Tuesday, February 16, 2016

Last Call For Brokened Convention

Team WIN THE MORNING's Ben Schreckinger is high on his own supply again if he thinks this is going to come to pass.

Mysterious outside groups are asking state parties for personal data on potential delegates, Republican campaigns are drawing up plans to send loyal representatives to obscure local conventions, and party officials are dusting off rule books to brush up on a process that hasn’t mattered for decades.

As Donald Trump and Ted Cruz divide up the first primaries and center-right Republicans tear one another apart in a race to be the mainstream alternative, Republicans are waging a shadow primary for control of delegates in anticipation of what one senior party official called “the white whale of politics”: a contested national convention.

The endgame for the most sophisticated campaigns is an inconclusive first ballot leading to a free-for-all power struggle on the floor in Cleveland.

“This is going to be a convention like I’ve never seen in my lifetime,” said veteran operative Barry Bennett, who managed Ben Carson’s campaign until December and is now advising Trump. “It’s going to be contentious from Day One.”

The primaries and caucuses that dot the nominating calendar and whose results drive headlines will decide whom most delegates are bound to vote for on the first ballot at the Republican National Convention. Should the first ballot fail to produce a nominee, the outcome of the convention will depend on results of the parallel primary now underway for the hearts and minds of delegates.

Each state party has its own rules governing delegate selection, a process so steeped in nuance and legal ambiguity that there are multiple blogs dedicated to wading through it all.

Man, Politico really, really, really wants a brokered convention fight.  Like, more than I want bacon want.  Look, I understand the plan, if everyone with delegates stays in the fight long enough, then they can keep Trump from getting a majority of primary delegates and force a fight.  But the reality is if Trump keeps winning primaries -- and there's no reason to think he won't keep on winning them -- then GOP primary voters who voted for the guy aren't going to just say "Oh, well I mean he won but sure let's nominate Rubio!"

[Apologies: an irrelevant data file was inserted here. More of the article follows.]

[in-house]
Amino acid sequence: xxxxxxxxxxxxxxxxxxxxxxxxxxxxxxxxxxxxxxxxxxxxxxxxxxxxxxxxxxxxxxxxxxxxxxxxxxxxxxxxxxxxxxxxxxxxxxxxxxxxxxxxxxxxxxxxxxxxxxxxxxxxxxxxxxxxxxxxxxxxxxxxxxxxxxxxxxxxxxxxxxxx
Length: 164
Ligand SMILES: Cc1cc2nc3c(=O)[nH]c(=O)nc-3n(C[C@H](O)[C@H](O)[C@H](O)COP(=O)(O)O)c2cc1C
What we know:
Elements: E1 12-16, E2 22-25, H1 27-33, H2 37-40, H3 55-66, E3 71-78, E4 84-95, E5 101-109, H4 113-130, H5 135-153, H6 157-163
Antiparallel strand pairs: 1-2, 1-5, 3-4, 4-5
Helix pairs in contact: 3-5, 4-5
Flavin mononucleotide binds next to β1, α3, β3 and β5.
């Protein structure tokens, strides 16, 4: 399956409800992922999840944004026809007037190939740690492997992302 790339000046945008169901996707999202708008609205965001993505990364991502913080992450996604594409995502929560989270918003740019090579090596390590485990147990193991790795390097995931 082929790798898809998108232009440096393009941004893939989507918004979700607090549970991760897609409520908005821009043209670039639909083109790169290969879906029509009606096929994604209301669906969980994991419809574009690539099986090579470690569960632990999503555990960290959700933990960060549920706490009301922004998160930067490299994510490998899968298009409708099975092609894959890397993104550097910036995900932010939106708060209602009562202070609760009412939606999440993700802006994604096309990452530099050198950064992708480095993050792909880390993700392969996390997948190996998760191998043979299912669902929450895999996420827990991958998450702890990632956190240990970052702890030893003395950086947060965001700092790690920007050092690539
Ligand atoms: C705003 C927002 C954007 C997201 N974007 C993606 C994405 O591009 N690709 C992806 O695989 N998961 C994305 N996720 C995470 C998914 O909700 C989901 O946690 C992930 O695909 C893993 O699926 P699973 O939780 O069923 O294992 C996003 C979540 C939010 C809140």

We're talking a rising column of flames here, guys.  Hot in Cleveland.

But here's Politico trying to sell this notion anyway.  It's enlightened self-interest, the GOP party apparatchiks want a brokered convention to get rid of Trump, and Politico wants arguably the biggest Republican fight in decades to cover.

But be careful what you wish for, guys...

Flipping The Script On SCOTUS

President Obama is working on his selection for a Supreme Court nominee to replace the late Antonin Scalia, and everyone is wondering who it will be.

President Barack Obama has held preliminary discussions with his team about whom to nominate to the Supreme Court, the White House said on Monday, while accusing Senate Republicans of "bluster" for saying they would not confirm his pick.

White House spokesman Eric Schultz told reporters administration officials had started talking with Senate offices about the process, which is shaping up to be an epic fight between Republicans and Democrats in a presidential election year.

Republicans, who control the Senate, say Obama should put off naming a replacement for conservative Justice Antonin Scalia, who died over the weekend, and leave it to the next president to decide. Democrats say it is the president's responsibility and right to make the choice.

Americans will choose a new president in the Nov. 8 elections. Obama leaves office in January 2017.

Scalia's death leaves the court evenly divided between liberal and conservative justices just as it is set to decide major cases on abortion, voting rights and immigration.